Lilac Girls

I have a couple of magazines that periodically suggest new and interesting books to read. Based on the brief descriptions,  I usually find myself requesting several of them from the library; sometimes I’m way down in the list, but sometimes I’m able to get them pretty quickly.

Lilac Girls was one of those suggestions. It had been a while since I had put in my request, and I had almost forgotten what it was about. But when I checked it out, I was reminded. The description sounded like it was historical fiction, and since I enjoy well-written historical fiction, I had decided to try it.

It was a fascinating read–and when I read the author notes at the end, I discovered that it was far more history than I expected.

This debut novel is the story of three young women–Caroline Ferriday (an American socialite/former actress), Kasia (Polish teenager), and Herta Oberheuser (German doctor) just before/during/after World War II and how their lives intersect. I had thought that probably the characters were fictional, but Caroline and Herta actually existed, and Kasia (and her sister) were modeled on a pair of sisters who actually existed as well.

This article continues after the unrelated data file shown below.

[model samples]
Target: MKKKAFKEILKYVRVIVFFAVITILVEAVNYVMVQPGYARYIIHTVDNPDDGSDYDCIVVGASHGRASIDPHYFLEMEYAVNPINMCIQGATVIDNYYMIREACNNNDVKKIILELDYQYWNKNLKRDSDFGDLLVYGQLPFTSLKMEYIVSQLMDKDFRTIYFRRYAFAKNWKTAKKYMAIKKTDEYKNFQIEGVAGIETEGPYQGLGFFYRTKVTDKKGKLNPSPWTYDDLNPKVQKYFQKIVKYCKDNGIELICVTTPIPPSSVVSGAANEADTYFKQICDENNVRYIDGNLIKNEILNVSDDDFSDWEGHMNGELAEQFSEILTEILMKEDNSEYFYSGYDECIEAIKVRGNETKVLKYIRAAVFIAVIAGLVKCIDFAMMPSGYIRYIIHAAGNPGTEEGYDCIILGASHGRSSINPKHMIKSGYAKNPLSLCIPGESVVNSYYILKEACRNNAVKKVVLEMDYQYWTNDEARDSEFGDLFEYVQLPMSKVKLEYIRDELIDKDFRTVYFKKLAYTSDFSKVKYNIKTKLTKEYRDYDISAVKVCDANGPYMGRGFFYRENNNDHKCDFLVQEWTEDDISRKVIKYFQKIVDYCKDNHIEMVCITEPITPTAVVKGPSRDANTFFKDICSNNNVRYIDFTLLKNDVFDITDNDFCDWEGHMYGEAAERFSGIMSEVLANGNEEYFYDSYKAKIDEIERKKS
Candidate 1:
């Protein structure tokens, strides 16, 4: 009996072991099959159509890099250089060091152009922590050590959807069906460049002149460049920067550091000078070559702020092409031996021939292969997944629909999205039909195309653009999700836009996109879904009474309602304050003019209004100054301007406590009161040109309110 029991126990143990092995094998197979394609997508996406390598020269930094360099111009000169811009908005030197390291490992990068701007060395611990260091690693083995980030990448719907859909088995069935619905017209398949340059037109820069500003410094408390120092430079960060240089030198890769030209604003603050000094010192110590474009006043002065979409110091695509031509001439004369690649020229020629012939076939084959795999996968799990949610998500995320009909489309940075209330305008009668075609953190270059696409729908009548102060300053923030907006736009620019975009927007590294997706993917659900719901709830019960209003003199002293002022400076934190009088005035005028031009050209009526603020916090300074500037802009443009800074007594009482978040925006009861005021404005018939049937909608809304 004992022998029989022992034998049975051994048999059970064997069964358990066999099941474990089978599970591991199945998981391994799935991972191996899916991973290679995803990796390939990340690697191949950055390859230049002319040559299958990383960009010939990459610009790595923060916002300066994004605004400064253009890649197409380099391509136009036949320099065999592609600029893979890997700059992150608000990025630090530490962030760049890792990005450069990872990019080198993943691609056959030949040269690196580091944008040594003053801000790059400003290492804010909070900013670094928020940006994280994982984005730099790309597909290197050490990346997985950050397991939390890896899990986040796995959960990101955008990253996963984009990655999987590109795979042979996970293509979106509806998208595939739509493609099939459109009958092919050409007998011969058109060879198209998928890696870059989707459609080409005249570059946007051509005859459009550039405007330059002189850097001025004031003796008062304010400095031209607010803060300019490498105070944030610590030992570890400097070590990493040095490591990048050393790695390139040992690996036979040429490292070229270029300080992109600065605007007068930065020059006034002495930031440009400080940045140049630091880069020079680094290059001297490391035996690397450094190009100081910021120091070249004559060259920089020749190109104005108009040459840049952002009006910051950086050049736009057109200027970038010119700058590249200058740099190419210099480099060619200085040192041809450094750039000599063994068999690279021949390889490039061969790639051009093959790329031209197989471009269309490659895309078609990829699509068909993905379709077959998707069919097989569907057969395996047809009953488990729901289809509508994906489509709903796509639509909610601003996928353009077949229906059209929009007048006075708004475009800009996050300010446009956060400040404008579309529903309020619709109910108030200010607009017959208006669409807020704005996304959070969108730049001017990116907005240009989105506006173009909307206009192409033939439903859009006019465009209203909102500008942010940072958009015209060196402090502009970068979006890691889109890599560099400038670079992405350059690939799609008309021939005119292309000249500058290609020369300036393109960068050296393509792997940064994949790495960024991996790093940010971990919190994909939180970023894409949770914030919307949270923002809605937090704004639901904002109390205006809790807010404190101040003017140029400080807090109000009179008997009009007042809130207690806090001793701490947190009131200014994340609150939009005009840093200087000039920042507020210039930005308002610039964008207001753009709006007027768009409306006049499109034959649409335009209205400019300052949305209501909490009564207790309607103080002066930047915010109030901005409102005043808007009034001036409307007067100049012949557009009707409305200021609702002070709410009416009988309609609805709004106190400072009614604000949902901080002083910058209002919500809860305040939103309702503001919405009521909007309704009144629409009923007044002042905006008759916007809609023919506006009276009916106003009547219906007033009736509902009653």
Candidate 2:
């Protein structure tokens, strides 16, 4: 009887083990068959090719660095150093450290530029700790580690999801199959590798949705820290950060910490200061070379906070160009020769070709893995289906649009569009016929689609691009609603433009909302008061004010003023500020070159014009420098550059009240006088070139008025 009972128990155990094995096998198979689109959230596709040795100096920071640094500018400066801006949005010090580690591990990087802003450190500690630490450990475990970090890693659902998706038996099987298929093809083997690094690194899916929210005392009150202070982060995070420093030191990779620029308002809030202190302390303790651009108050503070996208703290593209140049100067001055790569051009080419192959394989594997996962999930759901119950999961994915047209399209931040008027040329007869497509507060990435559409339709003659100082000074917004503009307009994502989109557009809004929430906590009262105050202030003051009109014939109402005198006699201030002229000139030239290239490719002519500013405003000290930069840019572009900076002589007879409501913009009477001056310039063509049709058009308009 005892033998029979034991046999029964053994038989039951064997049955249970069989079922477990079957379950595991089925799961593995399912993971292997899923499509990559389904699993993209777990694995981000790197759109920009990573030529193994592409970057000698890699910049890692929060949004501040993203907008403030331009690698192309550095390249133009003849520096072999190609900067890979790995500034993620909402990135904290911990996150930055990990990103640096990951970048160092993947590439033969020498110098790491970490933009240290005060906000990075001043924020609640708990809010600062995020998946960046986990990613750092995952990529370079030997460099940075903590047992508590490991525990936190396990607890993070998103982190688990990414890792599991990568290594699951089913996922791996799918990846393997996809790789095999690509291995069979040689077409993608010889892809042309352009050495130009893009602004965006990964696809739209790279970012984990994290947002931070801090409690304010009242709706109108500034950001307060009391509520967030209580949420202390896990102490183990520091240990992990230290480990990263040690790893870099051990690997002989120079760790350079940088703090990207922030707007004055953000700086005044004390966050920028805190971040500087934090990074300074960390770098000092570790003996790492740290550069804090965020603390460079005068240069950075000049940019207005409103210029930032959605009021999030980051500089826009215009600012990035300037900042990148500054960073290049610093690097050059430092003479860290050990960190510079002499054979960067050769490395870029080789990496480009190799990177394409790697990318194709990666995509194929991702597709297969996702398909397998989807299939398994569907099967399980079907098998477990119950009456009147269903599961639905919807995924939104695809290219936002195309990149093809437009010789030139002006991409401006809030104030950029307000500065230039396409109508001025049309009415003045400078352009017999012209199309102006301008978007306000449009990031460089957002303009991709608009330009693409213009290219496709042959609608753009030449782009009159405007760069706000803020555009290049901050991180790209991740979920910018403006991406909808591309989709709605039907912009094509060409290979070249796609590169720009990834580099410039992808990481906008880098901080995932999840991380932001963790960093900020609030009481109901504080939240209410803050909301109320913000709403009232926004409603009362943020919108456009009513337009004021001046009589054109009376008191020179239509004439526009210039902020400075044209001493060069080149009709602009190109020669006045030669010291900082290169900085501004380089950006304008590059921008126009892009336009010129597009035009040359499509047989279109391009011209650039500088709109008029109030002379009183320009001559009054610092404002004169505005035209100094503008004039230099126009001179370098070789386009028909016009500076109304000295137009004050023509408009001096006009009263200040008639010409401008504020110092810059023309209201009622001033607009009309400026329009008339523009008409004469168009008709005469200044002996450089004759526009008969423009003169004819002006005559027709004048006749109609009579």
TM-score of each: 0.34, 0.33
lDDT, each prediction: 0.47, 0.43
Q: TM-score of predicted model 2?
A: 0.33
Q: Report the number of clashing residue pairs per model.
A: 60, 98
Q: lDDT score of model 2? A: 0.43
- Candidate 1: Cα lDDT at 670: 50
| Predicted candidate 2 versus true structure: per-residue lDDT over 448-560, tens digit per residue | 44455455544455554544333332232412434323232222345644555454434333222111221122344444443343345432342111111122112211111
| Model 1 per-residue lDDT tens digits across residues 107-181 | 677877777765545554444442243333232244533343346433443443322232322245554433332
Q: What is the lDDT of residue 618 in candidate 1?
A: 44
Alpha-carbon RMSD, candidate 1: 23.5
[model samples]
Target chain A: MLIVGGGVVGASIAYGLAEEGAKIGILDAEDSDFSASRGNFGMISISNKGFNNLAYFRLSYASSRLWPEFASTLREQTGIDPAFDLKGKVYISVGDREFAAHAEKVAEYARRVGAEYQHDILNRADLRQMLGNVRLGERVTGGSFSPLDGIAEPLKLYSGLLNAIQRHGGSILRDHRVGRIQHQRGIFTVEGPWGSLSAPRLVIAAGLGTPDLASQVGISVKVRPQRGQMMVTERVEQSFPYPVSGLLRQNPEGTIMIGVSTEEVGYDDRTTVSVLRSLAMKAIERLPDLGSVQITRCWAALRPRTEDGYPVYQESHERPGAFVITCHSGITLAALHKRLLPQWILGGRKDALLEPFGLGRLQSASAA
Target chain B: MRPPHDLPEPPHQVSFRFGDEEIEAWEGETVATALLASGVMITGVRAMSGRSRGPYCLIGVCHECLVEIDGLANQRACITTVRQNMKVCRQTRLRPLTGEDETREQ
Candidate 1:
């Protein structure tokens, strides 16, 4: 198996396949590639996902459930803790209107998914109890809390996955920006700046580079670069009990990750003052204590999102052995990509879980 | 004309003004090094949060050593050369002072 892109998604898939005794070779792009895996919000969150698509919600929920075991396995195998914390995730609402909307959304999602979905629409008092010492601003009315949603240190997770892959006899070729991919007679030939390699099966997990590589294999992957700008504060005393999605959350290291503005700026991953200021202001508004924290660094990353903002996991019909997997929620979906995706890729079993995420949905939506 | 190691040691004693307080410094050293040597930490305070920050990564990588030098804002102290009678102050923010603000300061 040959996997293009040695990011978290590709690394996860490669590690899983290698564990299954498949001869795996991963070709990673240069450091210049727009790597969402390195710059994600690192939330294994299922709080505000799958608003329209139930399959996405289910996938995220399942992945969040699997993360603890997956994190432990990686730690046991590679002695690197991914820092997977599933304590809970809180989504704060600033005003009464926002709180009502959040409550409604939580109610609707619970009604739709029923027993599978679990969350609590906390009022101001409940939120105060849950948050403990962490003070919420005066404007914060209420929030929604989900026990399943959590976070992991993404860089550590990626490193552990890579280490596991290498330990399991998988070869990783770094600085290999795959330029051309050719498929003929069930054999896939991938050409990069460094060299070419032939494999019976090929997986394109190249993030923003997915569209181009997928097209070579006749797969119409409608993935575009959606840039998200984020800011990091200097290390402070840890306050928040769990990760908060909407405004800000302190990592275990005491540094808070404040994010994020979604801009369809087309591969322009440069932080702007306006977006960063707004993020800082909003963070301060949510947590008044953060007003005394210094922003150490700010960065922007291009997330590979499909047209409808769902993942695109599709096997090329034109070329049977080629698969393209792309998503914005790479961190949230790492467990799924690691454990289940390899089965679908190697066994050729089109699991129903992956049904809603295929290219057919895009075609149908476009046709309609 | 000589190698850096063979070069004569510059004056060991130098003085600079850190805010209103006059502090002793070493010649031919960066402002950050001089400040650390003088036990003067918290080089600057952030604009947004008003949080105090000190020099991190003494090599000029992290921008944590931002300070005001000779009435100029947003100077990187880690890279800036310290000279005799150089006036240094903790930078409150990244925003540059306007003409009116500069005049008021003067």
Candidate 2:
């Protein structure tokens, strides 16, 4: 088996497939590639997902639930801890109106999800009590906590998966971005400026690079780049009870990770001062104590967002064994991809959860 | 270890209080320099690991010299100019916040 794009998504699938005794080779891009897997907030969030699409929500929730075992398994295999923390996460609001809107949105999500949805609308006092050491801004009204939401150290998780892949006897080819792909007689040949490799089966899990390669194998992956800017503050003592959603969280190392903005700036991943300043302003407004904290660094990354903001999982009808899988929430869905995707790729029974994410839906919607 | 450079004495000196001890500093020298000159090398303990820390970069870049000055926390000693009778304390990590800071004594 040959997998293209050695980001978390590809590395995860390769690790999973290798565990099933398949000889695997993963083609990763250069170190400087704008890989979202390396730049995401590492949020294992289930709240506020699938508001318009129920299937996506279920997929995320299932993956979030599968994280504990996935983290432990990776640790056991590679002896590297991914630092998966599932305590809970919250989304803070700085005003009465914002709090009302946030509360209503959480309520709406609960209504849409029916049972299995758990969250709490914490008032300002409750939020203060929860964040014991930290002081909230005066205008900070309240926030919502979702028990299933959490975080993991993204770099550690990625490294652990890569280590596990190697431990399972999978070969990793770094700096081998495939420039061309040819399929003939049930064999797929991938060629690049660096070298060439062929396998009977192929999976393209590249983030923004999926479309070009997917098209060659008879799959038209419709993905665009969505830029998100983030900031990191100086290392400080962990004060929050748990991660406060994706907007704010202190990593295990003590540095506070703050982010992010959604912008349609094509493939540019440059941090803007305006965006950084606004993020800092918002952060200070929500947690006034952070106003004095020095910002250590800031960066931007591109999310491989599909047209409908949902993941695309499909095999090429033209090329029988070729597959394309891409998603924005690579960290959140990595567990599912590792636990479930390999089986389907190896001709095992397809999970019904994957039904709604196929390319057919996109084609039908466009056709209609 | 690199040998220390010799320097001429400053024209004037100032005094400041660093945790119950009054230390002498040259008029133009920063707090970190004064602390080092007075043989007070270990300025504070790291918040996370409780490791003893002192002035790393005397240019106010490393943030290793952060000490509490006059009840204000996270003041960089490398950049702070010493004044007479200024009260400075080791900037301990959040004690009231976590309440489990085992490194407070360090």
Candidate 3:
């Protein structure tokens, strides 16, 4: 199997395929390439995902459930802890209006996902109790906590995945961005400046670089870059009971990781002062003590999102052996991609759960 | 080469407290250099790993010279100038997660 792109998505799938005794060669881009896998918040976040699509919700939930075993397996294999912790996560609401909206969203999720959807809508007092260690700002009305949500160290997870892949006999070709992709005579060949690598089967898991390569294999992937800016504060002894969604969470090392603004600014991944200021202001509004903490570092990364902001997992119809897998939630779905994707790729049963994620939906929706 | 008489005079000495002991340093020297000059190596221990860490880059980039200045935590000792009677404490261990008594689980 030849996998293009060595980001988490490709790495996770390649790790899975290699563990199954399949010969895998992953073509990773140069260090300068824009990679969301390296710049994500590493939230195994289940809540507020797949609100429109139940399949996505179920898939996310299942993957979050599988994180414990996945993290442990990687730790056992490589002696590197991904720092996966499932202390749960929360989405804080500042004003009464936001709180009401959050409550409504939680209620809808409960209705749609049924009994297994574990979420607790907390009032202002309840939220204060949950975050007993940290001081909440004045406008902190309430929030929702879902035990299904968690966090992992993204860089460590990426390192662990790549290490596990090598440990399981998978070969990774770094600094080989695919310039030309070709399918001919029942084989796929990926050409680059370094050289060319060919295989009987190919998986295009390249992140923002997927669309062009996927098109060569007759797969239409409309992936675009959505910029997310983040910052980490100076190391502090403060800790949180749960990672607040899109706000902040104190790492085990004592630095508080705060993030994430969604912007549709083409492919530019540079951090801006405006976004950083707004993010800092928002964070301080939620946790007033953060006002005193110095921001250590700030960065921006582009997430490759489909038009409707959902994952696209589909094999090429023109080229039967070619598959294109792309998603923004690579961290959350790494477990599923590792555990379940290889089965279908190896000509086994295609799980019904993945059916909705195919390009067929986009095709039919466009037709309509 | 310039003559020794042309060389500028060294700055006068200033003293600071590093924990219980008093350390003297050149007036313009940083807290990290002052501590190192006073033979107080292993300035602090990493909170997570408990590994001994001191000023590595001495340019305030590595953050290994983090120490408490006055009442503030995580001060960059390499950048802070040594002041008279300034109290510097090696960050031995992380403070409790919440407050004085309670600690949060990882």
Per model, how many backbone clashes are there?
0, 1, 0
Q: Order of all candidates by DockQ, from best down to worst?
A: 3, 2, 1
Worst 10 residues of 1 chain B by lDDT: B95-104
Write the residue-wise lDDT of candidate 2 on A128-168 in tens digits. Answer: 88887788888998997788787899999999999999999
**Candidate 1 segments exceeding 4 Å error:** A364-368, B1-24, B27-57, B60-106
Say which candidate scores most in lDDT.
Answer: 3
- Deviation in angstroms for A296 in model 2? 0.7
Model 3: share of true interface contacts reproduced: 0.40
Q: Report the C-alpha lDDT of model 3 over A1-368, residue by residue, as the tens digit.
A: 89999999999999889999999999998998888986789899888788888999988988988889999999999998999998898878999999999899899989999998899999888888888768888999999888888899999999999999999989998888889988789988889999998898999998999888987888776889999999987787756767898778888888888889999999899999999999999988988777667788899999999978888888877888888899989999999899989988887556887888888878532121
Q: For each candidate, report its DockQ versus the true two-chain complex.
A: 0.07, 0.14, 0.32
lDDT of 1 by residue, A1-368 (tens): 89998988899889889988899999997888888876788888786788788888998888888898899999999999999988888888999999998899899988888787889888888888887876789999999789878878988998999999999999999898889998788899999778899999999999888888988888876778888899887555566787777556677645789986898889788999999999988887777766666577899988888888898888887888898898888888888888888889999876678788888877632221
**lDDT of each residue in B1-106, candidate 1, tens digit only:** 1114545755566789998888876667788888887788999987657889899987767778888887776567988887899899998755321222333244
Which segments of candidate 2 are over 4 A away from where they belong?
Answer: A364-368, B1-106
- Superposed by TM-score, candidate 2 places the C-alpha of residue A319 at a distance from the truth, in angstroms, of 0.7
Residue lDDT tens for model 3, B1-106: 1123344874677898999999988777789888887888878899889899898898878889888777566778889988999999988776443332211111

At times it’s almost too hard to read, especially when Kasia and her friends and family end up in Ravensbruck and become victims of the “medical experimentation” performed by Oberheuser. But it is also a story of hope, goodness, and forgiveness.

There were several things that struck me, reading it in our current political climate:

  • Being reared in privilege doesn’t necessarily keep one from being involved deeply in philanthropic activities or finding ways to help people in need.
  • When we begin to focus on the things that divide us, it becomes far too easy to see “the other” as somehow less human…and that can lead to unimaginable horrors.
  • Persistence is necessary at times to break down barriers and bring help.
  • Justice is necessary for healing–for individuals, communities, and societies.ently


The benefit of the doubt…

I really do believe that most police are hardworking individuals who care about the people they are sworn to protect. I know they have a very difficult job…that often they have to make split-second decisions that are easy to critique in hindsight.

I grew up knowing that the police were my friends…that if I had a problem, they were safe people to go to.

When I first began hearing complaints about racial biases in policing, I thought that surely I was missing something. That couldn’t be so. After all, I had never experienced that.

And then one day I visited with a friend whose sons were about the same age as my son. My son at that age was doing some stupid things in his rebellion, and I sometimes worried about his coming home safely because of the actions he might take. She worried about her sons coming home–period. Not because they were doing stupid things–their behavior was what I wished my son would emulate at that time. But because of the color of their skin.

That was an “aha” moment for me.

I’m ashamed to say that while it was an eye-opener, I didn’t really do anything about that knowledge. After all, it didn’t really affect me.